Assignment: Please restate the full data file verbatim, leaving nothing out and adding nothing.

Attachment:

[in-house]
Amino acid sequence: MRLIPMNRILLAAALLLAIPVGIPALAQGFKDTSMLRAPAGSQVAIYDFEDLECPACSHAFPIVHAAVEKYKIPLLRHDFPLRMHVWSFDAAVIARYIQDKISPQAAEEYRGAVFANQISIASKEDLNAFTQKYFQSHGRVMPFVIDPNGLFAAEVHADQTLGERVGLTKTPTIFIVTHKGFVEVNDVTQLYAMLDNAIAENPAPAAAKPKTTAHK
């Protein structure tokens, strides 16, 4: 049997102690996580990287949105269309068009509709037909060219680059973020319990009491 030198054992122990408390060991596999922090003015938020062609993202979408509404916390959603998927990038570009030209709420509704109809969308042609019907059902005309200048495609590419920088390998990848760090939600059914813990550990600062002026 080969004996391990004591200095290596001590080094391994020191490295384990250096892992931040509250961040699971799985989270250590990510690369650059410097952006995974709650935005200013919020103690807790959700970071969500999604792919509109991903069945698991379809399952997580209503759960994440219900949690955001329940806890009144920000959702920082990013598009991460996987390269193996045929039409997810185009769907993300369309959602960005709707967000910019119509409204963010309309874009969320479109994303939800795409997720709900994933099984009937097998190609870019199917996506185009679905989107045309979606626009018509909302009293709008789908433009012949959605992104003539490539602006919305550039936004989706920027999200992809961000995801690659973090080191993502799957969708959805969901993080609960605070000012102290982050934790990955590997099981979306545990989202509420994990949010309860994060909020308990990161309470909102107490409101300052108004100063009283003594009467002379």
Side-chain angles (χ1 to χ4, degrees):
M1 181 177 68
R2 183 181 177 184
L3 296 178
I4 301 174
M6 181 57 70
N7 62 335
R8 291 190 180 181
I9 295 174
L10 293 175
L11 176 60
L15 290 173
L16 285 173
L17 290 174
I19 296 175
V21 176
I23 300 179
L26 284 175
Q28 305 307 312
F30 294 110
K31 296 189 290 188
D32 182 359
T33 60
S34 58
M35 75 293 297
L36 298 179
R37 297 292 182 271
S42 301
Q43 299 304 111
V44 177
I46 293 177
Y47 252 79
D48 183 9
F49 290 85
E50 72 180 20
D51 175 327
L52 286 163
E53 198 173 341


[in-house]
Amino acid sequence: MRLIPMNRILLAAALLLAIPVGIPALAQGFKDTSMLRAPAGSQVAIYDFEDLECPACSHAFPIVHAAVEKYKIPLLRHDFPLRMHVWSFDAAVIARYIQDKISPQAAEEYRGAVFANQISIASKEDLNAFTQKYFQSHGRVMPFVIDPNGLFAAEVHADQTLGERVGLTKTPTIFIVTHKGFVEVNDVTQLYAMLDNAIAENPAPAAAKPKTTAHK
């Protein structure tokens, strides 16, 4: 049997102690996580990287949105269309068009509709037909060219680059973020319990009491 030198054992122990408390060991596999922090003015938020062609993202979408509404916390959603998927990038570009030209709420509704109809969308042609019907059902005309200048495609590419920088390998990848760090939600059914813990550990600062002026 080969004996391990004591200095290596001590080094391994020191490295384990250096892992931040509250961040699971799985989270250590990510690369650059410097952006995974709650935005200013919020103690807790959700970071969500999604792919509109991903069945698991379809399952997580209503759960994440219900949690955001329940806890009144920000959702920082990013598009991460996987390269193996045929039409997810185009769907993300369309959602960005709707967000910019119509409204963010309309874009969320479109994303939800795409997720709900994933099984009937097998190609870019199917996506185009679905989107045309979606626009018509909302009293709008789908433009012949959605992104003539490539602006919305550039936004989706920027999200992809961000995801690659973090080191993502799957969708959805969901993080609960605070000012102290982050934790990955590997099981979306545990989202509420994990949010309860994060909020308990990161309470909102107490409101300052108004100063009283003594009467002379």
Side-chain angles (χ1 to χ4, degrees):
M1 181 177 68
R2 183 181 177 184
L3 296 178
I4 301 174
M6 181 57 70
N7 62 335
R8 291 190 180 181
I9 295 174
L10 293 175
L11 176 60
L15 290 173
L16 285 173
L17 290 174
I19 296 175
V21 176
I23 300 179
L26 284 175
Q28 305 307 312
F30 294 110
K31 296 189 290 188
D32 182 359
T33 60
S34 58
M35 75 293 297
L36 298 179
R37 297 292 182 271
S42 301
Q43 299 304 111
V44 177
I46 293 177
Y47 252 79
D48 183 9
F49 290 85
E50 72 180 20
D51 175 327
L52 286 163
E53 198 173 341